GORDON BROWN offered the Liberals a coalition yesterday evening, and his resignation as PM by the time of the Labour Party conference.
Brown, speaking outside 10 Downing Street, said: ‘We have a parliamentary system and not a presidential system in this country.
‘And with no party able to command a parliamentary majority arising from the general election, my constitutional duty as Prime Minister is to ensure that government continues, while parties explore the options of a new administration.’
He continued: ‘The business of government has continued, including concerted action in Europe today to avert the financial crisis in the euro area.
‘This morning I have had conversations with the president of the European Commission, the managing director of the IMF, and the head of the European Central Bank, and said I would do all I could to ensure that strong, principled and stable government is formed, able to tackle Britain’s economic and political challenges effectively.
‘Mr Clegg has just informed me, while he intends to continue his dialogue with the Conservatives, he also now wishes to take forwards formal discussions with the Labour Party. I believe it is in the national interest to respond positively.’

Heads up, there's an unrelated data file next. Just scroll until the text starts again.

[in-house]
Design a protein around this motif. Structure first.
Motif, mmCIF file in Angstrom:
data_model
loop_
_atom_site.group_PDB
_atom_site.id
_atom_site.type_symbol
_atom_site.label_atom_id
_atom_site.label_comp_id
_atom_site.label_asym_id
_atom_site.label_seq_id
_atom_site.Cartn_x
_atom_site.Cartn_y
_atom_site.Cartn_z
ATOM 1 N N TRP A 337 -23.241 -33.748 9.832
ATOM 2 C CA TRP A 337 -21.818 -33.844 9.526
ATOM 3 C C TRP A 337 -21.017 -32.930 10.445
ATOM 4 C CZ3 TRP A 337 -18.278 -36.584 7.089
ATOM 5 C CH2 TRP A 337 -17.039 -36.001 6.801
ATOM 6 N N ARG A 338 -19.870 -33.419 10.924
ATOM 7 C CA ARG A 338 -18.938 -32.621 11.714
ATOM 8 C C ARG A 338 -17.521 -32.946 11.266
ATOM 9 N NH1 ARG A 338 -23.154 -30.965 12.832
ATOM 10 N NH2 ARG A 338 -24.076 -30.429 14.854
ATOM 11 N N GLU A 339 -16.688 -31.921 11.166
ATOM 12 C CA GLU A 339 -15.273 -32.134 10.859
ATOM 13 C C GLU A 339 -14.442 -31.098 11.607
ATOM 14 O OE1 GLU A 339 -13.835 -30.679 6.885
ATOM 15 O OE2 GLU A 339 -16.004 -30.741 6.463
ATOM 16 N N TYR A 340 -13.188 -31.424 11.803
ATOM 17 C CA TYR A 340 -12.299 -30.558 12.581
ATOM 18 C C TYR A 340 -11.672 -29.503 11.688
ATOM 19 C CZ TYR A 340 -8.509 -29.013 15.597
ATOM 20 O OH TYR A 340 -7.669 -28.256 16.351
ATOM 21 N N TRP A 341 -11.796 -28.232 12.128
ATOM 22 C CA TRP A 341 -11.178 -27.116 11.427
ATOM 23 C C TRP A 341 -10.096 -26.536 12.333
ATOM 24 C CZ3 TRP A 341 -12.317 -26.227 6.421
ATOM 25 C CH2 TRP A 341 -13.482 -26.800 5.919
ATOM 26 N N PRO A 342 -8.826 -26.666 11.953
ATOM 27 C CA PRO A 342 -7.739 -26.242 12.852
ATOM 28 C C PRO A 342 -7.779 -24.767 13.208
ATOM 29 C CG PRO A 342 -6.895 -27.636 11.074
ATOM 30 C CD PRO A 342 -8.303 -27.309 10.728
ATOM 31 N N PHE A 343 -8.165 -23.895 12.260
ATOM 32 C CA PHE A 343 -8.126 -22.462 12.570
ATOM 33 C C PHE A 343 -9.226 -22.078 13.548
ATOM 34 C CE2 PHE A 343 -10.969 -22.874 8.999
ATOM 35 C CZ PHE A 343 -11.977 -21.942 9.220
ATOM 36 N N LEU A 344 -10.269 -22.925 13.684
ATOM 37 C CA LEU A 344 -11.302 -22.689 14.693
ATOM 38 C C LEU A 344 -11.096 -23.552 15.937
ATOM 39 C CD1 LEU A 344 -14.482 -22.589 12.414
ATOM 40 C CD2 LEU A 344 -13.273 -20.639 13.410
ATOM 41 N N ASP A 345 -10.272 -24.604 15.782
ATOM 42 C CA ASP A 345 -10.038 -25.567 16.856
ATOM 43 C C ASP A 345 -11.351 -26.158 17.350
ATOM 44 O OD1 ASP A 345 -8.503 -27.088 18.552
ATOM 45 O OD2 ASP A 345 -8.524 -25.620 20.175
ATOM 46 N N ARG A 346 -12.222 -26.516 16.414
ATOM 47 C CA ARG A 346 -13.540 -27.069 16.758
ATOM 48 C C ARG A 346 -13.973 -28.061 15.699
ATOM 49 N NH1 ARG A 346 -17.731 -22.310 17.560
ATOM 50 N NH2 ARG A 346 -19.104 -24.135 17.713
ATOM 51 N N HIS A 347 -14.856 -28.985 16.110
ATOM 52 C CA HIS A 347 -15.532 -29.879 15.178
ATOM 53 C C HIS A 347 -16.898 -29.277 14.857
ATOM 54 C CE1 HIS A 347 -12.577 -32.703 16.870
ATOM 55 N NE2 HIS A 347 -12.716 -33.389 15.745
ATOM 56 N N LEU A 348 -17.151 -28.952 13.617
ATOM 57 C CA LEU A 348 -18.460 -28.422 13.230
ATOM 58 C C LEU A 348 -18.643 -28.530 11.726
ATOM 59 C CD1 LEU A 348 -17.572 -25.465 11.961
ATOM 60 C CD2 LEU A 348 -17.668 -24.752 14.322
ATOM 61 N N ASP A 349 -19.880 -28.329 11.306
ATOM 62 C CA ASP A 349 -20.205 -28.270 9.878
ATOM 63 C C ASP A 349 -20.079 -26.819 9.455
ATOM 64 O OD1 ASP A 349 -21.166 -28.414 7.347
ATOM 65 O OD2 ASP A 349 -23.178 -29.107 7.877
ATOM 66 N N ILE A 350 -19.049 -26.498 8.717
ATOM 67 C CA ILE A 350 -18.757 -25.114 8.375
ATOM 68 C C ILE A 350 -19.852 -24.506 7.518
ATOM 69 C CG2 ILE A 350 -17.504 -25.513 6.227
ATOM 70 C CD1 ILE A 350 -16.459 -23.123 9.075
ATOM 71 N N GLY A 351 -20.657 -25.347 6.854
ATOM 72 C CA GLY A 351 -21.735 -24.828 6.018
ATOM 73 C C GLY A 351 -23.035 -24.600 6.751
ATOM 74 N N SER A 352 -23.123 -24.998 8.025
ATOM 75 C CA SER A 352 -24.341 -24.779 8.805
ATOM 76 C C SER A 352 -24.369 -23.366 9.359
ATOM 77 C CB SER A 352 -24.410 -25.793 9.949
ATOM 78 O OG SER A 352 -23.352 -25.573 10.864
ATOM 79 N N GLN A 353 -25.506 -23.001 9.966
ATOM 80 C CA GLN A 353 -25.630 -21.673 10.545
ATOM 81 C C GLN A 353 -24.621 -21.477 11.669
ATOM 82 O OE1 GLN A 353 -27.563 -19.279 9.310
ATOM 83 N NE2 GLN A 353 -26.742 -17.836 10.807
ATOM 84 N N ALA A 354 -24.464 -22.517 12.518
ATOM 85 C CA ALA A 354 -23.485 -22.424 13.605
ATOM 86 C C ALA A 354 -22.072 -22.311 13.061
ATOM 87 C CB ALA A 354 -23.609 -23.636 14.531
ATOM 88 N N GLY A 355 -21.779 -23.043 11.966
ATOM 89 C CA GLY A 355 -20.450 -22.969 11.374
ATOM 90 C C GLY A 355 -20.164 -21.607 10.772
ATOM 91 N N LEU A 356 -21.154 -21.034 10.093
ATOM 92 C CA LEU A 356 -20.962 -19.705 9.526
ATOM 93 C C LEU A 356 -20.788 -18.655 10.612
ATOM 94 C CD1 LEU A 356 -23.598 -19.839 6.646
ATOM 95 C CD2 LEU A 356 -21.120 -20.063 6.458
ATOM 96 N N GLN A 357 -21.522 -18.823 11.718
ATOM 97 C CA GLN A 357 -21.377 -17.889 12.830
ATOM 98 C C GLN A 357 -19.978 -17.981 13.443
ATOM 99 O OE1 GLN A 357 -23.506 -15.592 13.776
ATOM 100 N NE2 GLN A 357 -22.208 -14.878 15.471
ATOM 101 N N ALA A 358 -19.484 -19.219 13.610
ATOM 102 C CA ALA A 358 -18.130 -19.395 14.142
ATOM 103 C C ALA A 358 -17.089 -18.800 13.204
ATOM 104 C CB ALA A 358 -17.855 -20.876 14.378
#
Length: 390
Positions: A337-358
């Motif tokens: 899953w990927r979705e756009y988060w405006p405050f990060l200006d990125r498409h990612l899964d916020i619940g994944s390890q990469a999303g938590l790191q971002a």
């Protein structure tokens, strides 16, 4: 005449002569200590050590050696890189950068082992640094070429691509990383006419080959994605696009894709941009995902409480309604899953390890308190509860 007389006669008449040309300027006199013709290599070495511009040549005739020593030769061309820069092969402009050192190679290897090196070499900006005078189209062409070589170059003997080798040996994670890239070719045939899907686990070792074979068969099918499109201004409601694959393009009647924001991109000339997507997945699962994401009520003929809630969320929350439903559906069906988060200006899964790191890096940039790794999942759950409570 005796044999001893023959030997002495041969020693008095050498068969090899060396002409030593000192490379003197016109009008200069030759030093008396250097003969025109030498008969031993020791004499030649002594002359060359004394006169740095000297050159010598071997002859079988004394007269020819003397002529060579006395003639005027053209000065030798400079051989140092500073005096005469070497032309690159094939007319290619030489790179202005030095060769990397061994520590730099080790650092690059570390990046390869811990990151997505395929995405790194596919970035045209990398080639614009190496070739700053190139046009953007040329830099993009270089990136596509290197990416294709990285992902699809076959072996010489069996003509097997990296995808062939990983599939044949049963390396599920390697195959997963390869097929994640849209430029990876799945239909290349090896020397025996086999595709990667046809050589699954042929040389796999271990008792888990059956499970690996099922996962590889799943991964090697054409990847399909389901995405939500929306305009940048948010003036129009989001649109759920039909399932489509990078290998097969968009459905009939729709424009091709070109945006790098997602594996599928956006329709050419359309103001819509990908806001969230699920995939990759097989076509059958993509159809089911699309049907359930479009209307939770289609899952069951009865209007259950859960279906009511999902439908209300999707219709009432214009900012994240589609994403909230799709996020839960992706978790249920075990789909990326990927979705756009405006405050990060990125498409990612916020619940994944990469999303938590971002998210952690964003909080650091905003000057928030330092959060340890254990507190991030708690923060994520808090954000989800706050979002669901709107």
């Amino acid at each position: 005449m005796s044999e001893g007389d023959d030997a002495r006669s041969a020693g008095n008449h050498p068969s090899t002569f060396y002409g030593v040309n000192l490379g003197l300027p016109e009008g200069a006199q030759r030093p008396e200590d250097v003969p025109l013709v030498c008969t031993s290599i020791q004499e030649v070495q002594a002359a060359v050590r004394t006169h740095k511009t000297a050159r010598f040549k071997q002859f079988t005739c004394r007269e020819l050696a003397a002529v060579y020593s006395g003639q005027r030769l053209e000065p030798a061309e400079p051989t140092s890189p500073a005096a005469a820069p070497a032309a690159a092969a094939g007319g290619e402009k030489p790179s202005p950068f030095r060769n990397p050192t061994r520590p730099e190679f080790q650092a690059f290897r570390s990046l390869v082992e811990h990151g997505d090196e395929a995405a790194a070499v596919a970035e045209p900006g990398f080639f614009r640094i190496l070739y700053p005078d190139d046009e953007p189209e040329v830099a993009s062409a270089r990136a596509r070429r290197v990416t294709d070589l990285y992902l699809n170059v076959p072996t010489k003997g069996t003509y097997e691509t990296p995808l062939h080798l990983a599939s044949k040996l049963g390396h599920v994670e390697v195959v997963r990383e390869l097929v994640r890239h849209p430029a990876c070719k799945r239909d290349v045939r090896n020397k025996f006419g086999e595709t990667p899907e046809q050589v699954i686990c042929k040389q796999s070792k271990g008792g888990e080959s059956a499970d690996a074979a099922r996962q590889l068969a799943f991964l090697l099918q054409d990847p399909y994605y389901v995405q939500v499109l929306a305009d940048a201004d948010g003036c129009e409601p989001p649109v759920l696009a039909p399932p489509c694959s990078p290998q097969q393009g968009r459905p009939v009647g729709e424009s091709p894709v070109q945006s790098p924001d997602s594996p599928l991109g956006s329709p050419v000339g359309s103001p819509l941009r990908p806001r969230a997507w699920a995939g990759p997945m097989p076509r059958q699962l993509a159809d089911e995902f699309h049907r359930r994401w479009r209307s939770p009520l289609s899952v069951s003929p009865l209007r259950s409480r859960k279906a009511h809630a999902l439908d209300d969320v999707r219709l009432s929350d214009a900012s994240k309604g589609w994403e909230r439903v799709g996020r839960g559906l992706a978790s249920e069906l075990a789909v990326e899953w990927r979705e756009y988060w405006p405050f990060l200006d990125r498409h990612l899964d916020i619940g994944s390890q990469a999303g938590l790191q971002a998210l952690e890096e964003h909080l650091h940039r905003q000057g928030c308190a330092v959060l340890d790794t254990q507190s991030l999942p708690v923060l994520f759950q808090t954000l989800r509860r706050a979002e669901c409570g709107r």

Brown said that a ‘process’ was being established for negotiations similar to those between the Tories and Liberal Democrats, under the auspices of the Cabinet Secretary.
The ‘first priority’ of any Lib-Lab coalition, said Brown, should be an ‘agreed deficit reduction plan’ to ensure ‘stability’ in the money markets and ‘protect Britain’s standing’ in the capitalist world.
He said that it could be ‘in the interests of the whole country to form a progressive government’.
He said: ‘In my view only such a progressive government could meet the demand for electoral and political change which the electorate made last Thursday.’
He then said that his ‘own position’ was: if it becomes clear that ‘the ‘national interest, which is stable and principled government’ can be best served by forming a coalition between the Labour Party and Liberal Democrats, then ‘I believe I should discharge that duty to form a government’, which could command a majority in the House of Commons with the support of the smaller, nationalist parties.
But he added: ‘I have no desire to stay in my position longer than needed’.
He said that ‘as leader of my party’ he must accept that the election result was in part a judgement ‘of me’.
He added: ‘I therefore intend to ask the Labour Party to set in train processes needed for its own leadership election.
‘I would hope that it would be completed in time for the new leader to be in post by the time of the Labour Party conference’ in the autumn.
‘I will take no part in that contest. I will back no individual candidate,’ Brown said.’
While he remains prime minister, Brown said he would do ‘all in my power to support British troops who continue to serve and sacrifice’ in Afghanistan.
‘The people of the country want a new politics,’ he concluded. ‘I now intend to facilitate the discussions that the Liberal Democratic Party has asked for.’
He refused to take any questions.